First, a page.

IW seniors pulling ahead of youth

Published 8:46 pm Tuesday, January 21, 2020

By Diana McFarland


In 10 years, it is estimated that Isle of Wight County residents age 65 and older will outpace those under 19 by four percentage points — a trend that is occurring throughout the Hampton Roads region. 

Those 65 and older will be 26 percent of Isle of Wight County’s total population in 2030, while those age 19 and less will comprise 22 percent, according to projections from the Weldon Cooper Center. 

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That’s a huge shift from 50 years ago, when the number of younger residents was three times greater than those over 65.  

In the Hampton Roads region, the total population grew by 2.8 percent, but the senior population went up 23 percent from 2010-2017, according to the Hampton Roads Planning District Commission.

The aging trend is often discussed at public meetings in a variety of contexts, from the workforce to housing to services, but it seems that folks don’t know if it’s good, bad or simply neutral. {mprestriction ids=”1,2,3,4,5,6″}

For many years this trend has been looked at as the “silver tsunami,” as if seniors were a burden that would cause the economy to collapse, said Steve Zollos, executive director of Senior Services of Southeastern Virginia. 

That’s a myth, it’s been debunked, he said. 

Seniors today are healthier and more active and engaged than in the past, he said, adding that they suffer from fewer chronic illnesses, and those that do, are managing them better. 

Zollos points out that misconceptions about seniors often come from the focus on certain diseases, such as Alzheimer’s, and the tendency is to lump all older folks in one category. 

Yet 88 percent of those age 65 and up do not suffer from any form of dementia, he said. 

“They can hold positions and continue in the workforce effectively. We can’t discard those fully functioning seniors – 88 percent—because there’s an illness that sometimes focuses on seniors,” said Zollos. 

This trend was recently discussed during an economic development worksession and its implications for attracting business, industry and jobs to the area. 

There was concern that Isle of Wight’s aging demographic would make it harder to attract new business, as maintaining a skilled workforce is a top consideration when choosing locations.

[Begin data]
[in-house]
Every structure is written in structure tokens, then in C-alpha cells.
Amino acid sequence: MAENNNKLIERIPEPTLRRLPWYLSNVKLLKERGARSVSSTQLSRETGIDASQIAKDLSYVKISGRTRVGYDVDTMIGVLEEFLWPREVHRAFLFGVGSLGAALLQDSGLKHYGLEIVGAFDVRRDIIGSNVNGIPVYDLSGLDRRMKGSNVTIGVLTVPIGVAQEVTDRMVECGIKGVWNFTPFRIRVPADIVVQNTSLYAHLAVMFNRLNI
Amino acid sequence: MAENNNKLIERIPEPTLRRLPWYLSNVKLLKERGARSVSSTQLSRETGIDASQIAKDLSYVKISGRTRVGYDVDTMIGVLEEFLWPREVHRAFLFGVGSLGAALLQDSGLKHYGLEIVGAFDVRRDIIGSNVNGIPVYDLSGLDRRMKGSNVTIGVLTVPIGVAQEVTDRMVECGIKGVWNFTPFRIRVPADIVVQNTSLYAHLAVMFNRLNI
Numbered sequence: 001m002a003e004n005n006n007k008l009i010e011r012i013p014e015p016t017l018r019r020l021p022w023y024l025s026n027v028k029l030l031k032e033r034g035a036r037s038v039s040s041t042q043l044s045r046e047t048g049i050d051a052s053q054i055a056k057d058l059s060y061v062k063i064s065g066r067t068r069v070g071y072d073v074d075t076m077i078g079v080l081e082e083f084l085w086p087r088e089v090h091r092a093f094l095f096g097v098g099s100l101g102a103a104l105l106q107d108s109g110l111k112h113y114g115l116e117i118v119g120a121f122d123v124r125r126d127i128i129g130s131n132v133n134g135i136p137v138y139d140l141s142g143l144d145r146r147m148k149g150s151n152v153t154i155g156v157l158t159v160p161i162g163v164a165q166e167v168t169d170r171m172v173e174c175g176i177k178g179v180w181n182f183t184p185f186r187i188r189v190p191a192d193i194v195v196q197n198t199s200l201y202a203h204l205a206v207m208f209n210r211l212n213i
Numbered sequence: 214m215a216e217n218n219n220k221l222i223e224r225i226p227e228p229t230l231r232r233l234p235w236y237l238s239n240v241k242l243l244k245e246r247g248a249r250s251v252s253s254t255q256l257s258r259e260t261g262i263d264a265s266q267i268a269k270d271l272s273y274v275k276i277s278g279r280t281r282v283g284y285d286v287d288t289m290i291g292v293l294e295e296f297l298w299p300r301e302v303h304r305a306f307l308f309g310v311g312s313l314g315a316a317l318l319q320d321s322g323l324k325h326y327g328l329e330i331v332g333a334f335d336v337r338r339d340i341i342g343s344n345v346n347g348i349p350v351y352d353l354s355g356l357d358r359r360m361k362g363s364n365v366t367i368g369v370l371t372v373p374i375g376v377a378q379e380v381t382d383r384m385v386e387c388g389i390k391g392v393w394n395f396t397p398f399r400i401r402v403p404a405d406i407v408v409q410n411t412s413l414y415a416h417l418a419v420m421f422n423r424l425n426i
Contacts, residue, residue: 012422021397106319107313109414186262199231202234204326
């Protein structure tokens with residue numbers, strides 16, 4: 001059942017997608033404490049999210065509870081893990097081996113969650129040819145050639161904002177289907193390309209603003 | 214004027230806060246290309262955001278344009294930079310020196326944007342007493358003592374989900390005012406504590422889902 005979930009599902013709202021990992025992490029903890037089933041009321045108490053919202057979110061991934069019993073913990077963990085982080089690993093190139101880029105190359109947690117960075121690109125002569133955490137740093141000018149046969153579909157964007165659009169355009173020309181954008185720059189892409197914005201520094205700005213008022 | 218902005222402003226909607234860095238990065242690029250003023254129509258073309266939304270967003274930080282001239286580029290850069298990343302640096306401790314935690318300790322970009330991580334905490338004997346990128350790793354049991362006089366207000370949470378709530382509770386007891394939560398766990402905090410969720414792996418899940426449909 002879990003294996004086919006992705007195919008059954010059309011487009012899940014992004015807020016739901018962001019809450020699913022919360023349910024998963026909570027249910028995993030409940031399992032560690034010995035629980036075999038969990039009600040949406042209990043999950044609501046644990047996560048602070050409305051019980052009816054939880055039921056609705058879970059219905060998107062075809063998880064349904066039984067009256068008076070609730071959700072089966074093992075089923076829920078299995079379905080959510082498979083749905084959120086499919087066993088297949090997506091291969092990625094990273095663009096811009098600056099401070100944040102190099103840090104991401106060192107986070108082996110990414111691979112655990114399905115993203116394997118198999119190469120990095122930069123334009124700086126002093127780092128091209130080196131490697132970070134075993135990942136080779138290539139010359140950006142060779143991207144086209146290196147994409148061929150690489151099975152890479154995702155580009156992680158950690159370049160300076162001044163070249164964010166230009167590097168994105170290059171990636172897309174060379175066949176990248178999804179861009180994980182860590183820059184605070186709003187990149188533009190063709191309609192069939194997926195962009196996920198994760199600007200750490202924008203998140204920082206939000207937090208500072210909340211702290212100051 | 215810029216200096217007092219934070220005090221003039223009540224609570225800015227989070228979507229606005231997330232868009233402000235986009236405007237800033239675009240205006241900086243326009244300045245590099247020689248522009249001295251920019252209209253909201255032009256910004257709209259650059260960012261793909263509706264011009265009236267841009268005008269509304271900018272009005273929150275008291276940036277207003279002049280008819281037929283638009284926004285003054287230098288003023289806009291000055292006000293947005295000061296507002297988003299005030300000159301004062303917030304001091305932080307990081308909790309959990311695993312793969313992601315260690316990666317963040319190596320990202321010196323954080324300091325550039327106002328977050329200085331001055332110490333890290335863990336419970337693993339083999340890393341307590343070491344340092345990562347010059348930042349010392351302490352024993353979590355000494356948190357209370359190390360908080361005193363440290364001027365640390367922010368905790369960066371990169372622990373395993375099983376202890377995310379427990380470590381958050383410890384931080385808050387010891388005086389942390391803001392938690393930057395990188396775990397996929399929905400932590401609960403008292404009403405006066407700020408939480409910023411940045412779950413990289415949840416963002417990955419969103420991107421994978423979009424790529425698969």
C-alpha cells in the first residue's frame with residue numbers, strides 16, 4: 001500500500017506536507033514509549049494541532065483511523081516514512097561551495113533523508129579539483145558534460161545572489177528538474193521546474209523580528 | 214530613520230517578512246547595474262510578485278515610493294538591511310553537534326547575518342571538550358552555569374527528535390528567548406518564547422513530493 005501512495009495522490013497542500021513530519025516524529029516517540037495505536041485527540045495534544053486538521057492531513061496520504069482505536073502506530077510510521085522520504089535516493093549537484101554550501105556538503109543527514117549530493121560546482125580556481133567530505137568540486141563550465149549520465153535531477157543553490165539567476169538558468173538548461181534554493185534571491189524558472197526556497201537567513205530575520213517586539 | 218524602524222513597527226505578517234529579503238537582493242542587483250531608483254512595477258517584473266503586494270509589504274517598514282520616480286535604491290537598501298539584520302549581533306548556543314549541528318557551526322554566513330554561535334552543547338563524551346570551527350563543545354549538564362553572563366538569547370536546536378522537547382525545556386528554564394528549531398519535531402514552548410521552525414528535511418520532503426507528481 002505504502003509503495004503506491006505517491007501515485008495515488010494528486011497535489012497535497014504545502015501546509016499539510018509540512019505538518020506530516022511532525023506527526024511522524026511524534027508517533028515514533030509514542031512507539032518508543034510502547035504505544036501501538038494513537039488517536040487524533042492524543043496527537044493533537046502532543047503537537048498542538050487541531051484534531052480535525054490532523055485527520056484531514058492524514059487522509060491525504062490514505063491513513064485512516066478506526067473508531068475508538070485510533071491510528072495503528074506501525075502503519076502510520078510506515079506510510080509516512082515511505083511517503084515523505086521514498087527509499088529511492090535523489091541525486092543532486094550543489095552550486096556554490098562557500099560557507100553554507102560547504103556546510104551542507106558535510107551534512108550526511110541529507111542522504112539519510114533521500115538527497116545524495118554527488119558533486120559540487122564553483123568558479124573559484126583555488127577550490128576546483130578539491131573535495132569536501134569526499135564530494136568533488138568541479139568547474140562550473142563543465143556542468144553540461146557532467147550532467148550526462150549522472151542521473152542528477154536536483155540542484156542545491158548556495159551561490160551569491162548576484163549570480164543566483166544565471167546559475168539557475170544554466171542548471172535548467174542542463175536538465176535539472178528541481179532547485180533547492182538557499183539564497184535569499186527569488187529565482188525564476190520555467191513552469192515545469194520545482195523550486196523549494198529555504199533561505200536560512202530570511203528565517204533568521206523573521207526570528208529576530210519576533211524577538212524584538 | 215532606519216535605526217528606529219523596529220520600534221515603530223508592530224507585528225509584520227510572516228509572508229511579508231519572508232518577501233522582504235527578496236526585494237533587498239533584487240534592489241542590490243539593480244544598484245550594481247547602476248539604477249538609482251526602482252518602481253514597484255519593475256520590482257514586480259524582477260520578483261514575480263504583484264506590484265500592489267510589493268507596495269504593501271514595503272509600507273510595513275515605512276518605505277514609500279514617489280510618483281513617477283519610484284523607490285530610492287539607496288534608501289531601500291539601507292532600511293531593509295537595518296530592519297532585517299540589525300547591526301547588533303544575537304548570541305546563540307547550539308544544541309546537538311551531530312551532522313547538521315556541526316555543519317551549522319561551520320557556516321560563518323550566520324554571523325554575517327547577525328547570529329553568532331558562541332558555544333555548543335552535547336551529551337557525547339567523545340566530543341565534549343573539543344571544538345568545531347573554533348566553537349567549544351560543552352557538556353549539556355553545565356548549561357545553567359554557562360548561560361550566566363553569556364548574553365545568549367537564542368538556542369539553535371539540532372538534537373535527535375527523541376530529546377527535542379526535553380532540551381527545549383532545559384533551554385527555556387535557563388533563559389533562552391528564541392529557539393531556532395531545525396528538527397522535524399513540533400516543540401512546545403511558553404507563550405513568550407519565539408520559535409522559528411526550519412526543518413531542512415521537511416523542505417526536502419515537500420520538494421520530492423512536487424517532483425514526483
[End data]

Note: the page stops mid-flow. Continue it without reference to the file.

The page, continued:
Jurisdictions tend to be concerned with developing a workforce, such as improving education or finding ways to get millennials to stay, but they ignore the seniors who already have the skills, the expertise and also bring stability, said Zollos. 

During the economic development worksession, Smithfield District Supervisor Dick Grice, who is himself in his seventies, suggested that companies look to retirees to fill jobs, perhaps on a part-time basis. 

Many retirees want to work and they are skilled and capable, he said. 


The aging trend is also impacting the housing sector here, as two developments geared for the older demographic has either been approved, South Harbor, or in the works, such as Sweet Grass near Smithfield. 

East West Partners Hampton Roads Division President Branch Lawson, who is developing the 340 age-restricted South Harbor off Route 17 in Carrollton, said that type of housing is underserved in this region and that is one reason it’s an attractive product to build. 

While in the past a proposal for a new development would focus on the impact on schools, with age-restricted neighborhood, the concern is that it will lead to an increase in emergency service calls and how that will be funded. 

The graying population has also led the Board of Supervisors begin a new senior companion program, which quickly ran into funding problems last year. 

Newport District Supervisor William McCarty wants to keep the program going, as it’s geared for those that don’t qualify for other state or federal aid. 

“They’re too valuable to leave them in the rearview mirror,” he said, adding that they have worked, paid taxes and footed the bill for others and deserve equal consideration.

McCarty notes that, historically, Isle of Wight’s public school system has claimed the largest chunk of the county’s budget, but as the population becomes older, it may lead to some challenging discussions on where the dollars will be allocated. 

It’s not an either-or, but both, he said. 

Zollos references the Oxford Economics “longevity economy,” which is the sum of all economic activity driven by those age 50 and older. It seems that that age group is one of the most significant contributors to U.S. economic activity, according to Oxford Economics. 

Zollos notes that the volunteer workforce is primarily seniors and they tend to have more disposable income. 

For example, the City of Chesapeake notes on its website that volunteers contributed 382,840 hours of service at a value of more than $9.2 million. 

If we keep seniors in the workforce, volunteering and spending their disposable income, “there really is an increase on investment,” Zollos said, referring to the senior infrastructure, that can be anything from affordable senior housing to curbing for wheelchairs to transportation to nutrition and other services. 

If that infrastructure is ignored, then yes, that population could become a burden, said Zollos, whose organization relies on funding assistance from localities. Most cities and counties are providing the same amount of dollars they did years ago, although the senior population is growing.

By keeping funding flat, it decreases Senior Services’ ability to help older folks. 

Isle of Wight, however, has increased its contribution by nearly 13 percent, from $48,934 in fiscal 2018 to $55,192 in fiscal 2020. 

“We need a fresh perspective,” said Zollos. {/mprestriction}